Leadership
Top stories summarized by our editors
9/20/2017

Coolhaus CEO Natasha Case began her ice cream business on a foundation of architectural principles, seeking to go beyond the usual expectations for ice cream. "Get a minimum viable product going and then always keep innovating and improving what you're working on," she said.

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SmartBrief/Leadership
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Natasha Case
9/20/2017

Cheesecake Factory, Chili's Grill & Bar and other casual-dining chains are seeing sales declines, with fast-casual, takeout and independent restaurants favored by consumers as Americans continue to spend on food outside the home. Chili's and Applebee's are trying to go back to basics in their menus and brand to win back customers.

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Chili, Applebee
9/20/2017

Resiliency and loyalty are important to a career, so midlevel leaders should only leave if the organization clearly no longer values them or if an offer is too good to turn down, says Mark Crowley. Camille Fournier urges leaders to develop succession plans and as long a notice period as possible, or else "there is no way to leave without causing disruption."

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Lighthouse
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Mark Crowley
9/20/2017

Talking to someone about issues you have with them can be difficult, but avoidance stalls real problem-solving, writes Dan Oestreich. Instead, think about how you can approach these conflicts with compassion and honesty as a way to connect rather than resorting to judgment.

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Unfolding Leadership
9/20/2017

Leaders must work to create an environment where respectful disagreement takes place, writes John Manning. They can lead by example through avoiding defensiveness and acknowledging differing opinions in a way that values all contributions.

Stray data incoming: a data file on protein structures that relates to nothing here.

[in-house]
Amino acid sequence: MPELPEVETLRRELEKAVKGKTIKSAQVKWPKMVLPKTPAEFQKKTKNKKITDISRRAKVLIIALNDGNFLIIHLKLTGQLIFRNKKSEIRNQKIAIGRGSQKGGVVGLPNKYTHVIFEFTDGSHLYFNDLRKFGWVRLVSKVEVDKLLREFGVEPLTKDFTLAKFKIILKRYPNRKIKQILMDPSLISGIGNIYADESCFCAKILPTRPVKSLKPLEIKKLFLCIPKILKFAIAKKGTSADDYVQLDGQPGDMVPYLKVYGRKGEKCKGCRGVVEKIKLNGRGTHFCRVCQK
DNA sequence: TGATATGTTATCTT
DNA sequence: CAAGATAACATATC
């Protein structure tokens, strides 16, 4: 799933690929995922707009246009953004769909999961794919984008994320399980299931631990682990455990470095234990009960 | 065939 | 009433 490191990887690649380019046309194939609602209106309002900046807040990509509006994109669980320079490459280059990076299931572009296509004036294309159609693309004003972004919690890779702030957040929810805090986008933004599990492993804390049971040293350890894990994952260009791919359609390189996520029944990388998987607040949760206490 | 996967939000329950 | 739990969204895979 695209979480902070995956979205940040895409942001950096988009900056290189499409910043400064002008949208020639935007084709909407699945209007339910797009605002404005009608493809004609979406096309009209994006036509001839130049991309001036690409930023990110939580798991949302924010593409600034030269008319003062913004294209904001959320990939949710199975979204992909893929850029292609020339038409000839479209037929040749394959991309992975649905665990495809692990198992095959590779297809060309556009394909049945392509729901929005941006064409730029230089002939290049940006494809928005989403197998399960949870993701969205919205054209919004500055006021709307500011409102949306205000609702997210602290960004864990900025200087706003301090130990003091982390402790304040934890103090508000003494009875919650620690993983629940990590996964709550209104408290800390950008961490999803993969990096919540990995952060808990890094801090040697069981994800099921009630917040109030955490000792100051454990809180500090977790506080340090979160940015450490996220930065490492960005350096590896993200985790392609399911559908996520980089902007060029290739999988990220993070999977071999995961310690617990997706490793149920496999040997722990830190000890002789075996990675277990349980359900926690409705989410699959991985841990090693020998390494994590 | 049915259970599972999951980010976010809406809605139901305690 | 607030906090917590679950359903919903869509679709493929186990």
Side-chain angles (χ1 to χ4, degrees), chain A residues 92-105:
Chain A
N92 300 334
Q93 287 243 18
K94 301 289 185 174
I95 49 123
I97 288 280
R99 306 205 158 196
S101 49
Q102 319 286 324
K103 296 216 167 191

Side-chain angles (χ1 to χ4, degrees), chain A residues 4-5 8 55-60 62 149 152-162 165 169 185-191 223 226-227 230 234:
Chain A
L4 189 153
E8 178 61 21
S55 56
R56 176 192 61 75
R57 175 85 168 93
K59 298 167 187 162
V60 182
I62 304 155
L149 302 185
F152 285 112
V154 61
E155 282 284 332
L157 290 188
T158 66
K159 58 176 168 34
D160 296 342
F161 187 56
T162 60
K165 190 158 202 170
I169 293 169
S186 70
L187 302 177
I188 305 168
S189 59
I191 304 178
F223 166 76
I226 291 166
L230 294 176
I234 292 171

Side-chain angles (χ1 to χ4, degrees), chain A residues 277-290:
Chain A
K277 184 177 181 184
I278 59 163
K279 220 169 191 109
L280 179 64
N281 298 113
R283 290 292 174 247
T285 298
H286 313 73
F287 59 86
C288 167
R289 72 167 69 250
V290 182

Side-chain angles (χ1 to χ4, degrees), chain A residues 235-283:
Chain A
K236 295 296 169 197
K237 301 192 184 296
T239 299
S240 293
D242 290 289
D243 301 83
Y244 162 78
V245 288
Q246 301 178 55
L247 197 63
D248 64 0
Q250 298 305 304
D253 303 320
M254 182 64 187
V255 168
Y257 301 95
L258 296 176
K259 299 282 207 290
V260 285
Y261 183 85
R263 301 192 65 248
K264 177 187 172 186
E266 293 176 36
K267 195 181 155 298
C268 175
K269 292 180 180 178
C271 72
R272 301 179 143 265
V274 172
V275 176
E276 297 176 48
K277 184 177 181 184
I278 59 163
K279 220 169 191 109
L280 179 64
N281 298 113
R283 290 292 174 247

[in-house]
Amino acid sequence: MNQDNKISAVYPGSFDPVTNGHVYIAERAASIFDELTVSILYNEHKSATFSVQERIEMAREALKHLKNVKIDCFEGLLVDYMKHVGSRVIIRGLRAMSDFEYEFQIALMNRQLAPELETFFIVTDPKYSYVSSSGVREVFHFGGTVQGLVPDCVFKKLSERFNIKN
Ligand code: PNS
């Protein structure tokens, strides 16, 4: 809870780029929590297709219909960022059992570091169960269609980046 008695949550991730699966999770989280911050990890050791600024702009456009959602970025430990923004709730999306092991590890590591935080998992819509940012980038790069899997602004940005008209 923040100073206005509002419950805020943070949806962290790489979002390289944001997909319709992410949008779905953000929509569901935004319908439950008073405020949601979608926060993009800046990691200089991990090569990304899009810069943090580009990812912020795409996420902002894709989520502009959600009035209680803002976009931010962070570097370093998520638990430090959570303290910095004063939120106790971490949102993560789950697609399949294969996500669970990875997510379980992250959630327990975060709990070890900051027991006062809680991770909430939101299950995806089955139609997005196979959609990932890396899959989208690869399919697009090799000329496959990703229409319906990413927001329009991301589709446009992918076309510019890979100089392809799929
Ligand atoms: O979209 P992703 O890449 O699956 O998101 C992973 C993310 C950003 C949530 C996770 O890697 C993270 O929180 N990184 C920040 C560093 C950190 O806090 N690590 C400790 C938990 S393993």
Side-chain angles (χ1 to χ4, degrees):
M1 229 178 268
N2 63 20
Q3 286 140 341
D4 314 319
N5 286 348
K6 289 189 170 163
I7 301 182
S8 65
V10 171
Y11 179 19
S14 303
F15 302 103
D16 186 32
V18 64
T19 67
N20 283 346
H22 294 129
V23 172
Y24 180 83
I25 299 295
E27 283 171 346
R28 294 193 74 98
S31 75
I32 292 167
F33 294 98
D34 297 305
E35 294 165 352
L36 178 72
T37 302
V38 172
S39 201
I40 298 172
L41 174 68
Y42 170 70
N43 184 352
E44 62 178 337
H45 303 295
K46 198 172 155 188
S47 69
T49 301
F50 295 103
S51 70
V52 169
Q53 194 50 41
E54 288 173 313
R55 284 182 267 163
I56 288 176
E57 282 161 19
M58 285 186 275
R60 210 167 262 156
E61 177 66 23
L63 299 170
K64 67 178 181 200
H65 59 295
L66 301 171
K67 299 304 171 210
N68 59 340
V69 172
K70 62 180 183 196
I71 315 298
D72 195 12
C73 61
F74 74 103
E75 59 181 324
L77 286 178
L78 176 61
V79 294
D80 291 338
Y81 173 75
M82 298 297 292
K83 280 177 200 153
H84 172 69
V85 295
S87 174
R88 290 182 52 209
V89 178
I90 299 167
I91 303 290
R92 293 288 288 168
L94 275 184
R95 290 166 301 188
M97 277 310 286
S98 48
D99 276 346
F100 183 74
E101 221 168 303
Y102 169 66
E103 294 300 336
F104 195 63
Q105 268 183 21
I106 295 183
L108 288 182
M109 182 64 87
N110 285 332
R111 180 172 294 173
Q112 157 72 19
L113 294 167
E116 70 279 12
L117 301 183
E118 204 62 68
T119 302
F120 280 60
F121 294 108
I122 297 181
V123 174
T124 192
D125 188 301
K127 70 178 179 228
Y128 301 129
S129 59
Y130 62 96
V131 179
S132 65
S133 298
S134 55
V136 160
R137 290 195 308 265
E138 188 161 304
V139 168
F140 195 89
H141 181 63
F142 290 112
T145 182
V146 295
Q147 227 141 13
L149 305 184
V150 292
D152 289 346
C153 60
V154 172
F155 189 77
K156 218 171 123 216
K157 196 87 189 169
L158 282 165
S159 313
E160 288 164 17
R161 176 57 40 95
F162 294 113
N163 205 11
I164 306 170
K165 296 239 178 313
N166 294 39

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The MAP Blog
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John Manning
9/20/2017

When people call customer service, they are often looking for sympathy and understanding, as well as a solution to their problem, writes April Glaser. A 2015 survey showed nearly all callers hope to talk to a human, so automated systems run the risk of angering customers, who then take that out on employees.

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Slate
9/20/2017

Therese Tucker used her retirement savings to start a business that has become BlackLine, a publicly traded company aimed at serving companies with more than $50 million annual revenue. "A lot of product founders don't make the transition to being the CEO of a bigger company, but Therese has a knack for figuring out when she needs to drill down and when she needs to run with things," says Hollie Moore Haynes, a BlackLine board member and early investor.

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Inc.
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Therese Tucker, BlackLine, drill down
9/20/2017

"Sriracha," "froyo" and "pregame" have made it into the more than 250 new words recently added by Merriam-Webster. Political language also made the list in the form of "troll," "dog whistle" and other terms.

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USA Today, TIME online
9/20/2017

Shareholders of Dutch phone company Veon, formerly known as VimpelCom, may pursue "in large part" proposed class-action claims that the company inflated its share price and concealed a bribery scheme in Uzbekistan, a US judge has ruled. The company admitted last year that it had made bribery payments of more than $114 million to an Uzbek official, and it agreed to pay $795 million in penalties to settle US and Dutch investigations.

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Reuters
9/20/2017

Minnesota construction company JL Schwieters will pay $125,000 to settle a racial harassment case brought by the Equal Employment Opportunity Commission. The EEOC said two employees were subject to derogatory slurs by a manager who also made a makeshift noose out of electrical wire and threatened to hang the workers.

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Legal Newsline